In a different week I might have skipped over both articles, but not long before I read them an expat website sent me a survey about crime “where you live.” I think they meant Britain, but since I live out in the country I told them what it was like literally (and I’m using literally in the literal sense of the word) where I live. I don’t usually answer surveys—it’s hopeless; give me two choices and I’ll pick the third—but for some reason I answered this one.

I wrote that a lot of people in our area leave their doors unlocked. Not everyone, but more than a handful. I know people who leave their keys in the car. It keeps them from wondering where they left them. Them being the keys, not the cars, which are still there in the morning. Except for the time two people who shall remain nameless (especially since I’ve forgotten who it was) decided they were too drunk to walk home so they’d have to drive. They’d walked to the pub, but they knew someone nearby whose keys were always in the car. I won’t get into either the wisdom or the ethics of that—they’re too obvious to bother with. Everyone lived and the car was returned.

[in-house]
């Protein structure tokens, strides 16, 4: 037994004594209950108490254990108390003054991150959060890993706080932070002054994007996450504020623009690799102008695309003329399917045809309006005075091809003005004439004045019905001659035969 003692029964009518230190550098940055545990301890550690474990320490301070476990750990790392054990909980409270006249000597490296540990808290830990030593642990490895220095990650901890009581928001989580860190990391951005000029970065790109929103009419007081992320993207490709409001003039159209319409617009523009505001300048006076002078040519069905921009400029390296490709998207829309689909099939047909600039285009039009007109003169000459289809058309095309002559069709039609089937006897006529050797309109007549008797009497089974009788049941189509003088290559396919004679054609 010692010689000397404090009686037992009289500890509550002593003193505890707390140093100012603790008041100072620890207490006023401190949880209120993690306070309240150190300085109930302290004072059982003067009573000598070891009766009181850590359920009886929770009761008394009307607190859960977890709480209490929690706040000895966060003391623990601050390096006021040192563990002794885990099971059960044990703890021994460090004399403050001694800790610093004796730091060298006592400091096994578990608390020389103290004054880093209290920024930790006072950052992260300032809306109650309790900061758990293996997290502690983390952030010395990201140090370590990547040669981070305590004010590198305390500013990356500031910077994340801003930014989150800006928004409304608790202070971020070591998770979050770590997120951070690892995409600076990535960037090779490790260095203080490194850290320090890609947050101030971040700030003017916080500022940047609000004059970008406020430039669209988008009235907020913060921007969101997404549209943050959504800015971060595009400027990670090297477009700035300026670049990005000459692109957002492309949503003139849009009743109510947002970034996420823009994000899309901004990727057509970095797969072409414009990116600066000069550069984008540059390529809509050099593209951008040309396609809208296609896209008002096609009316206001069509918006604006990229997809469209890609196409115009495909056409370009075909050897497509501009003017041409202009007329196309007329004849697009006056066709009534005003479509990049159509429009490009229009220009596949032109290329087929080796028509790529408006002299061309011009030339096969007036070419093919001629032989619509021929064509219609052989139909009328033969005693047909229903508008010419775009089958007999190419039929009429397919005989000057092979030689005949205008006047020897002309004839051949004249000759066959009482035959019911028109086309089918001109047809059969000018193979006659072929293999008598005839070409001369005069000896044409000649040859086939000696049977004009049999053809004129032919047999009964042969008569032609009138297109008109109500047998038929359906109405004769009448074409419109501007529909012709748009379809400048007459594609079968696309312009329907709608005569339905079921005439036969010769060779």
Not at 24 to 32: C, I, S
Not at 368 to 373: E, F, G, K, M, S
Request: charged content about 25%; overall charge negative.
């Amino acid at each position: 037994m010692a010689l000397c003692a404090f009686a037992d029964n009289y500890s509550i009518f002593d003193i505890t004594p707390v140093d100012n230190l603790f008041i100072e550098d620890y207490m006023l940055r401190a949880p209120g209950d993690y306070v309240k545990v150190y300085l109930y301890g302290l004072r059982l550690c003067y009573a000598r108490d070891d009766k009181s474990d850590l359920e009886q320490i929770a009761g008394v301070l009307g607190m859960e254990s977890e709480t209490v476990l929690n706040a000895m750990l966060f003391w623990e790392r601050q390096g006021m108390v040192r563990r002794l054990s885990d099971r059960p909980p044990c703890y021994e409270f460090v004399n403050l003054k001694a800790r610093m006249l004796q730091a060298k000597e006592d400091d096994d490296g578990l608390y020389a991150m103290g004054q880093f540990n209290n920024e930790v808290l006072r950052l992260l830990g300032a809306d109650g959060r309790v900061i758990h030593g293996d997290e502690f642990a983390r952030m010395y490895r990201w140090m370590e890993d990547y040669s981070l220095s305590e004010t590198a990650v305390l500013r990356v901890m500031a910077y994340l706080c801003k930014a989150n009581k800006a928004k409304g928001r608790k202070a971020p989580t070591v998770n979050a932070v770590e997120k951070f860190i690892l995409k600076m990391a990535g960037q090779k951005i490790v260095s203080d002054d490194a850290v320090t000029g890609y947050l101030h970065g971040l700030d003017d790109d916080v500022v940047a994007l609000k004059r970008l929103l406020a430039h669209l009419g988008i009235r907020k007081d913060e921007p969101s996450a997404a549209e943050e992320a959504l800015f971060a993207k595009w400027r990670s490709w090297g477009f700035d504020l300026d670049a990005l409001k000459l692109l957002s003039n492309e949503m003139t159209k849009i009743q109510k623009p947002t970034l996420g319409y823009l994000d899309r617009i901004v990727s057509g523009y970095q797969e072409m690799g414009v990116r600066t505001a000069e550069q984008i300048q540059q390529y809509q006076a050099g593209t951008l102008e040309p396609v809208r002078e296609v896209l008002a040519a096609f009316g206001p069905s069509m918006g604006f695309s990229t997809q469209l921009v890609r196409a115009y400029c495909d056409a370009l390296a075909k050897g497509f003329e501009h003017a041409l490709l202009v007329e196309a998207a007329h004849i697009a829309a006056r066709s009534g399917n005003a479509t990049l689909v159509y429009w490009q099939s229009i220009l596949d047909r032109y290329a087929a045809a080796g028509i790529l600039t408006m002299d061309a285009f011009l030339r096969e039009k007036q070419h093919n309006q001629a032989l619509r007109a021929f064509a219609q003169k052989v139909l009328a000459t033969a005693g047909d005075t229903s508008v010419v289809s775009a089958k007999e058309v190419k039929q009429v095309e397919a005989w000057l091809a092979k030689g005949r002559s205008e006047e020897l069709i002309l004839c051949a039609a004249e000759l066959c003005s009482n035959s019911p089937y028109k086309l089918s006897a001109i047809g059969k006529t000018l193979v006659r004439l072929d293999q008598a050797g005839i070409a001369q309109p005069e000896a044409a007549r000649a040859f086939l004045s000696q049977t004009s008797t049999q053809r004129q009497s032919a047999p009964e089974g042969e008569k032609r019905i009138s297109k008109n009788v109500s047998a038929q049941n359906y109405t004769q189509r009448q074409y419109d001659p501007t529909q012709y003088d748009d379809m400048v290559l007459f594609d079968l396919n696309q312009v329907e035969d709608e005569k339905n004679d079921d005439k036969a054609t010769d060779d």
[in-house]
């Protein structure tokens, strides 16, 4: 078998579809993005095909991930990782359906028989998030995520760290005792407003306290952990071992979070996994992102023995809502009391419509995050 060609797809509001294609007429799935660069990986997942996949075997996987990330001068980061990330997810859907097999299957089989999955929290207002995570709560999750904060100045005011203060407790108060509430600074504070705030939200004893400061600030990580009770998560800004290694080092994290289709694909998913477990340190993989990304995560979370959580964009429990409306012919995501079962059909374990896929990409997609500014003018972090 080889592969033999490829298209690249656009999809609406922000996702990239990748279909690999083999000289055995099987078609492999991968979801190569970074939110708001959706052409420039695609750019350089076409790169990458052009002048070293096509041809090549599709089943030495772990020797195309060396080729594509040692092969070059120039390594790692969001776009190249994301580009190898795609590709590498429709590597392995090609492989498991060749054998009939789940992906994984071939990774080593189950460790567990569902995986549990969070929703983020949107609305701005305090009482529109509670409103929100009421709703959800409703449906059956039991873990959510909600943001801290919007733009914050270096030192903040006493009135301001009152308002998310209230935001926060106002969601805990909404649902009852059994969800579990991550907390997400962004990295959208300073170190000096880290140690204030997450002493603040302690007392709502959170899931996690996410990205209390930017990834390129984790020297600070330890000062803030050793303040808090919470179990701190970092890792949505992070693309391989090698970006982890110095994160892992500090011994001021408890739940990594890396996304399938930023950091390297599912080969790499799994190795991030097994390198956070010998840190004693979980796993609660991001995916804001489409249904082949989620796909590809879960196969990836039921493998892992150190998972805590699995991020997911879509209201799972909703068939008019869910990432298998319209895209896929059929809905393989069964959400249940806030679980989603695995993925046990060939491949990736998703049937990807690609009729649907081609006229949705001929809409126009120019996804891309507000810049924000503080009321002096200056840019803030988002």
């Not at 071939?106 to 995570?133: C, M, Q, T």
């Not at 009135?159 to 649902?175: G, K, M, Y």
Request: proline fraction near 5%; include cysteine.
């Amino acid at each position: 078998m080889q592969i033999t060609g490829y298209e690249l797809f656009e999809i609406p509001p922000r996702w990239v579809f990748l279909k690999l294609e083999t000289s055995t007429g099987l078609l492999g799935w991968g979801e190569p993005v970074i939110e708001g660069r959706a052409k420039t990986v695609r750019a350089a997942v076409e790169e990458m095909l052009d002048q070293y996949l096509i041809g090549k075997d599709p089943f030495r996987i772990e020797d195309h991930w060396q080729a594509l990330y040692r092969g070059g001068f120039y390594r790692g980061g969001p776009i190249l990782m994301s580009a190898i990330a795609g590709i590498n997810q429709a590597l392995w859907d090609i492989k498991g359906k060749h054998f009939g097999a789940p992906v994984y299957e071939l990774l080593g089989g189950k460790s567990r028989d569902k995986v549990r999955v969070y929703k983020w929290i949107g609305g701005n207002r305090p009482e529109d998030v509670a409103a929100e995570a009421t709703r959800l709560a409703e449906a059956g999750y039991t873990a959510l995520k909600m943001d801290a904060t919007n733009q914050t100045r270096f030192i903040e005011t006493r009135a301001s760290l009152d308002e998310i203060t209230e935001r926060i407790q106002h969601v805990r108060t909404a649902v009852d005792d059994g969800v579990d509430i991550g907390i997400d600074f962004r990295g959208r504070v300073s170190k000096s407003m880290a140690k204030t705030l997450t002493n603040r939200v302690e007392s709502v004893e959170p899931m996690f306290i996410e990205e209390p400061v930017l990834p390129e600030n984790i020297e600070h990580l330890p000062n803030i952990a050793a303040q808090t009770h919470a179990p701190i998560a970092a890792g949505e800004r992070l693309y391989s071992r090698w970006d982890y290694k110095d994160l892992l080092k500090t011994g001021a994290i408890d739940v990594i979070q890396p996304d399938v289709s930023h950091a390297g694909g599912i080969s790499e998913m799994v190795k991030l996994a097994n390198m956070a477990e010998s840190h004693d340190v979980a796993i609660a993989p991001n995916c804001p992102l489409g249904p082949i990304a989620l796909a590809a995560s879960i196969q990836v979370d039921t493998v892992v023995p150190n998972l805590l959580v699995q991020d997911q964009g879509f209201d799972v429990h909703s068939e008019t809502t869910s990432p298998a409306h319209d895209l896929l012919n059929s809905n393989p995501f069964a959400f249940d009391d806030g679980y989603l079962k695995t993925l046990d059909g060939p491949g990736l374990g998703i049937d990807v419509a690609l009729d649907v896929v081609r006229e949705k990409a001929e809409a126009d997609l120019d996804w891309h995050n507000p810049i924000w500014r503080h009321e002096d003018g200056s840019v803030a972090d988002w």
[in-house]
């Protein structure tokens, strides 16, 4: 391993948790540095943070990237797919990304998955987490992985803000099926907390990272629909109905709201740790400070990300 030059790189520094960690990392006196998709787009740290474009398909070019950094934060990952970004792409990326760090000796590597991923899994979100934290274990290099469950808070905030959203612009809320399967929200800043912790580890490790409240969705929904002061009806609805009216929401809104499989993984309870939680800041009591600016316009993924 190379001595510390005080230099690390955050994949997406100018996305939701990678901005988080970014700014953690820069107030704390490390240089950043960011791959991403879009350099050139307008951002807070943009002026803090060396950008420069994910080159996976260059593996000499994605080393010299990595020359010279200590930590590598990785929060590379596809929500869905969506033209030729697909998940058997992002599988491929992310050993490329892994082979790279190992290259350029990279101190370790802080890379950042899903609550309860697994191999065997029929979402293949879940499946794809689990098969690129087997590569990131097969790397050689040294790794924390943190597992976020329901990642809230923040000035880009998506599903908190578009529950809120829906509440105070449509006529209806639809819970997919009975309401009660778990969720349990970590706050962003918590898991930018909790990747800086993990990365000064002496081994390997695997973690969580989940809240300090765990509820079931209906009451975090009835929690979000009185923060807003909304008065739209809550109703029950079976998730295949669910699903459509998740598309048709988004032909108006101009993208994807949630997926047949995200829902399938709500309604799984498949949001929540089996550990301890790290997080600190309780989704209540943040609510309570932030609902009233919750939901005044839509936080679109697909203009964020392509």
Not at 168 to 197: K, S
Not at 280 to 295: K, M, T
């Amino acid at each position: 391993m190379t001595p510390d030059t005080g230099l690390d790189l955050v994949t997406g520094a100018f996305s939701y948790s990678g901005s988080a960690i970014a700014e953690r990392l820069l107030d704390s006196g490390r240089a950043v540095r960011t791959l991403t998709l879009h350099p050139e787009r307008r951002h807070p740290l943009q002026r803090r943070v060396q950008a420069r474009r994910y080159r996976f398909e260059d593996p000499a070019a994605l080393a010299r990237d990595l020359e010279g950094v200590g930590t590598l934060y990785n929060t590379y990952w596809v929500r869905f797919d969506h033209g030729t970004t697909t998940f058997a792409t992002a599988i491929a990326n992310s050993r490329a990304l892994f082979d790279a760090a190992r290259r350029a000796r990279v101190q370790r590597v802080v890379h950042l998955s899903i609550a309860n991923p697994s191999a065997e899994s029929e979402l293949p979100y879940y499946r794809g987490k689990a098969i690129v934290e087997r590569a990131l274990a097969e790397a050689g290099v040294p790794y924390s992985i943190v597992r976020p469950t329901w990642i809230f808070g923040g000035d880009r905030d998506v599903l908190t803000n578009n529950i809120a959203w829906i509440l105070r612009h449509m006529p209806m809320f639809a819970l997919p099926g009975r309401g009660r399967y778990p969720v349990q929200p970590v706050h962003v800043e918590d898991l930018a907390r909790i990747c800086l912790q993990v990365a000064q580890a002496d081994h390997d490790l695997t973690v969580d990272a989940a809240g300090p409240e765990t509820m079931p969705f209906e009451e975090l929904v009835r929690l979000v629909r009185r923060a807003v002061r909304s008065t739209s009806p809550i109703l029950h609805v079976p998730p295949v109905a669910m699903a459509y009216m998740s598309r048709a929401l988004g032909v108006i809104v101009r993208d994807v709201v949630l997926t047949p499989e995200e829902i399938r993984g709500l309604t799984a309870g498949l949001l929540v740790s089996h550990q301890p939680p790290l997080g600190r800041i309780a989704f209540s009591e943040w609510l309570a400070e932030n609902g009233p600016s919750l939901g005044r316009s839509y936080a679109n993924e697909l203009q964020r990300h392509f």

That’s not the full list of crimes in the village. I’ll write about them another time.

101 thoughts on “Crime in Britain

  1. I served with Her Majesty’s Finest for seven years and a big part of the attraction was the hat. I still have it, in fact. I was quite into protecting the vulnerable and such like too, but you know me and bowler hats – I just can’t resist. I don’t think I ever called anyone a villain, we always referred to them as offenders and we would never, ever use the word ‘victim’. Injured Party (or IP) was the rather officious term in use. Ah, I do miss the fights but not so much the scraping bits of person off the road after a traffic incident.

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    • That background may account for how you can wear a bowler hat with such style.